These are merely pictures of some of the most famous serial killers; there are plenty of others with similar mindsets. Not all serial killers exhibit such glee at their trials; some merely look angry that their pleasurable run is at an end.

But what's striking about these killers is not just how utterly lacking in remorse or guilt or worry they are but also how pleased with themselves they look.

You may have seen some of these inexplicably smiling pictures before, and not paid them any particular attention. But when you really stop to think about what they say about the serial killers' character, you realize it speaks to a yawning gulf between them and most people.

They're on trial for their lives after having been exposed as monstrous killers, but they still seem to be brimming with conceit. They're actually proud of being everyone else's worst nightmare. Until you can get your mind around that, you won't understand sociopaths.

(And remember, even though most sociopaths are not serial killers, they have the same basic mindset.)


Justin said...

Don't forget Robert Durst. He may be the sociopath who scares me the most.

John Craig said...

Justin --
Good picture. He's scary all right, but they're all scary in their own way. The one thing they all have in common is that they're utterly devoid of humanity.

Actually, you're probably right: the smarter they are, the scarier they are, and Durst is probably smarter than the ones mentioned in the post.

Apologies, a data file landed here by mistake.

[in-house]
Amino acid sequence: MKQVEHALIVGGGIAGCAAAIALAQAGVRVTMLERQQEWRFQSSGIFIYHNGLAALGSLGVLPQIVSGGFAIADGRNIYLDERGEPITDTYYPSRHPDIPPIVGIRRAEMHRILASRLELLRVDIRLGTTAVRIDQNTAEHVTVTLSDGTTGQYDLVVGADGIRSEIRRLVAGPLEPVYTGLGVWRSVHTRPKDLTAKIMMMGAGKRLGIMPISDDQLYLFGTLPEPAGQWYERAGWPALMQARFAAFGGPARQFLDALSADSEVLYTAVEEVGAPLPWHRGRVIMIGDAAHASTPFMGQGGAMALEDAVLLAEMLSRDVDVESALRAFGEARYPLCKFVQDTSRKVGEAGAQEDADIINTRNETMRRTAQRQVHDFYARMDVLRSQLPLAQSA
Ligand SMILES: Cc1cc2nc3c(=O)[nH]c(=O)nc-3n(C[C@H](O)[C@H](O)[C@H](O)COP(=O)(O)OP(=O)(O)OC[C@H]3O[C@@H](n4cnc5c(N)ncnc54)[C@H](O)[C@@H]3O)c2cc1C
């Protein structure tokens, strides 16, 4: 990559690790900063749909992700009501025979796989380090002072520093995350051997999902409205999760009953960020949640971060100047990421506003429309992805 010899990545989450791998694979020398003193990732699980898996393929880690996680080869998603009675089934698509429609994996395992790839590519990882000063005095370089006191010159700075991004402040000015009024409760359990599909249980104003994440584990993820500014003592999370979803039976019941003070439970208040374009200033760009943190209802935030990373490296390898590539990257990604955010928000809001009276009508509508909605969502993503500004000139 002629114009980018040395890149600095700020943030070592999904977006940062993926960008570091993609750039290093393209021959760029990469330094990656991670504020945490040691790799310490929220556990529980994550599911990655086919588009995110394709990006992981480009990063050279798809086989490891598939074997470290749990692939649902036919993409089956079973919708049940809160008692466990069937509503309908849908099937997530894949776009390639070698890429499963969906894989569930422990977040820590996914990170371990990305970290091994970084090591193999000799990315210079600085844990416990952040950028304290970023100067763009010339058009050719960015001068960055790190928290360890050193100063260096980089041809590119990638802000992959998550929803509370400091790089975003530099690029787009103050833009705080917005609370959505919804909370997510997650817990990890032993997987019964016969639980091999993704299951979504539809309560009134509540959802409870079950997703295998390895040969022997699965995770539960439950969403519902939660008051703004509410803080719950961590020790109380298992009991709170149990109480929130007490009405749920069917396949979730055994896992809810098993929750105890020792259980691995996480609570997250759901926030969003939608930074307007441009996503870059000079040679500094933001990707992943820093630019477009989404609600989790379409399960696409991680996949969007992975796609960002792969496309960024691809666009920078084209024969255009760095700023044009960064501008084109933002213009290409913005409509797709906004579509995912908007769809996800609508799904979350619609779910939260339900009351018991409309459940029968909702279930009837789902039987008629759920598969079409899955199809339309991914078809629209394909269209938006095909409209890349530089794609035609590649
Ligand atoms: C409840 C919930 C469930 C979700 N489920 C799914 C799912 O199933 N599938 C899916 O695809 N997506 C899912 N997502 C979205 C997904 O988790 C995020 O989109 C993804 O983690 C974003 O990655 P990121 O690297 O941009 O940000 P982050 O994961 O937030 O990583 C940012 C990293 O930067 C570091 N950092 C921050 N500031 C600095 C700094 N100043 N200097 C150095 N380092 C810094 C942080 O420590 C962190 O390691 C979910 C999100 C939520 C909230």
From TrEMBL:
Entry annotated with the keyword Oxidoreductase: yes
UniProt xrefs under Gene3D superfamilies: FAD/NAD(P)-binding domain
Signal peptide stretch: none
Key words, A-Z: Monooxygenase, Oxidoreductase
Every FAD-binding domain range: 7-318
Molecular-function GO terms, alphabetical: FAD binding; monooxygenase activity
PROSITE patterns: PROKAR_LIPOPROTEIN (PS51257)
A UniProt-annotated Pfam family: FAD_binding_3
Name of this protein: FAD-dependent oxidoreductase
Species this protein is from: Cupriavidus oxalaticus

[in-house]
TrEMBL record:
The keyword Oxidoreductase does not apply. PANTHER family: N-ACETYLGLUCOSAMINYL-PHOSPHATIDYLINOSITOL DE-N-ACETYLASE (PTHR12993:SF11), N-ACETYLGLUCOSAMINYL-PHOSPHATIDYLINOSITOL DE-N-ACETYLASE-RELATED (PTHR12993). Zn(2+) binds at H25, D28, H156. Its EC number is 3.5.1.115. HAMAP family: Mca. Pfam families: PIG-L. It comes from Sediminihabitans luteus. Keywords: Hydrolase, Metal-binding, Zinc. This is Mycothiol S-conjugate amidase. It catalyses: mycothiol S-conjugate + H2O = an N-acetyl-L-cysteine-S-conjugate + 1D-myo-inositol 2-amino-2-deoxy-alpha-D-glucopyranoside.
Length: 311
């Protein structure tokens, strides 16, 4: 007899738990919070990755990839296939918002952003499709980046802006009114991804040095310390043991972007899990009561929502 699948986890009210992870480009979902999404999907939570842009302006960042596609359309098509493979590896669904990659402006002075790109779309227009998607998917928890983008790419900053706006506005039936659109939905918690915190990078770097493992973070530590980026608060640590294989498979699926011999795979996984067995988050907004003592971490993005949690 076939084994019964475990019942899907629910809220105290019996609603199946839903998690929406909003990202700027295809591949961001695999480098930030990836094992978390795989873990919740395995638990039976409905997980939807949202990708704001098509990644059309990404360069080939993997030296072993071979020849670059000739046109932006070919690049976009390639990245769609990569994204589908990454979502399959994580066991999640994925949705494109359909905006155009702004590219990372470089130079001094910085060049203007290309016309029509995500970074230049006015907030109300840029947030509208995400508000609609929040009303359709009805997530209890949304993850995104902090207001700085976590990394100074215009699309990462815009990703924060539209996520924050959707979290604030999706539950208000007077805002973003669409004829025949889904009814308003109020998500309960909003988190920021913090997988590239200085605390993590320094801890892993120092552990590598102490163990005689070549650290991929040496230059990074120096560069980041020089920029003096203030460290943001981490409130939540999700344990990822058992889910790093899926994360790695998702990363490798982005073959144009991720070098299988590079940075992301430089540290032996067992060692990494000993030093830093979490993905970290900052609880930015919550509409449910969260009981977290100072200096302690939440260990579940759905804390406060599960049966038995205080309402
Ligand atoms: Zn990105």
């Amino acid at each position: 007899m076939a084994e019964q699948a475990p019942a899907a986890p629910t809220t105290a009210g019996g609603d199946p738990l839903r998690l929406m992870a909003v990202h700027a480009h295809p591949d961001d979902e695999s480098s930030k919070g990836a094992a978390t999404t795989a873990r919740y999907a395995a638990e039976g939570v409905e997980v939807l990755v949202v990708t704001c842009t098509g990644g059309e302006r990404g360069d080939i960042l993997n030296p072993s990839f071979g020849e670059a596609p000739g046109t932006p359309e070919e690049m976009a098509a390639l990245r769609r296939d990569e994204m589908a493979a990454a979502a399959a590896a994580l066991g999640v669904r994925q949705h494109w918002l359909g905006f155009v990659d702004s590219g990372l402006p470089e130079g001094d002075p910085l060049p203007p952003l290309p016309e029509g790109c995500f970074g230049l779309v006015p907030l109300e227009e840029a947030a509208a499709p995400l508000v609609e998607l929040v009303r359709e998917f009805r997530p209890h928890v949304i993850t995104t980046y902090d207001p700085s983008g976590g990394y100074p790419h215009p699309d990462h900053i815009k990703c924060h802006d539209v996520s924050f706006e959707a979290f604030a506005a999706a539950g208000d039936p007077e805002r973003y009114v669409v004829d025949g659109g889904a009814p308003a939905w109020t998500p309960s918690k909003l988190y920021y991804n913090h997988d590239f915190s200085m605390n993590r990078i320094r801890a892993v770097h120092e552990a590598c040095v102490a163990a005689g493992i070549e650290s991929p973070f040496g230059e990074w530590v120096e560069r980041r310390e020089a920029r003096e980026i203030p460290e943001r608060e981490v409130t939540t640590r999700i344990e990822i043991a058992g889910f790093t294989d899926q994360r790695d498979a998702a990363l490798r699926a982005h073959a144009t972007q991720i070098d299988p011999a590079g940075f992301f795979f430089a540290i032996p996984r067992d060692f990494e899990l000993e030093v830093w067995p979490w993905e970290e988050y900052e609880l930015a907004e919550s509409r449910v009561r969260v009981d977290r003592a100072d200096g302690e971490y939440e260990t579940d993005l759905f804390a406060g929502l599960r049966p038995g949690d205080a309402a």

Anonymous said...

Having read a bit about Robert Durst, he is one creepy, scary man. Amazingly, he came from a wealthy family and from what I can gather, he seems to be the only sociopath among his siblings. Now, why would that happen? I realize that Durst's mother committed suicide. Who knows what went on in that household.


Anonymous said...

By the way, this is a good post. It really shows and explains how these psychopaths truly differ from the rest of humanity. Looking at some of them can make your skin crawl.


John Craig said...

Birdie --
Exactly -- who knows what went on in that household. His siblings are not murderers, but there are plenty of people who have reputations as upstanding pillars of the community who are also sociopaths. I'm not saying his siblings are, I'm just saying there's no telling from the outside. It sounds, from what I've heard, as if they're okay -- they actually sound scared of him. But I have no idea what happened early on to make him the way he is.

Anonymous said...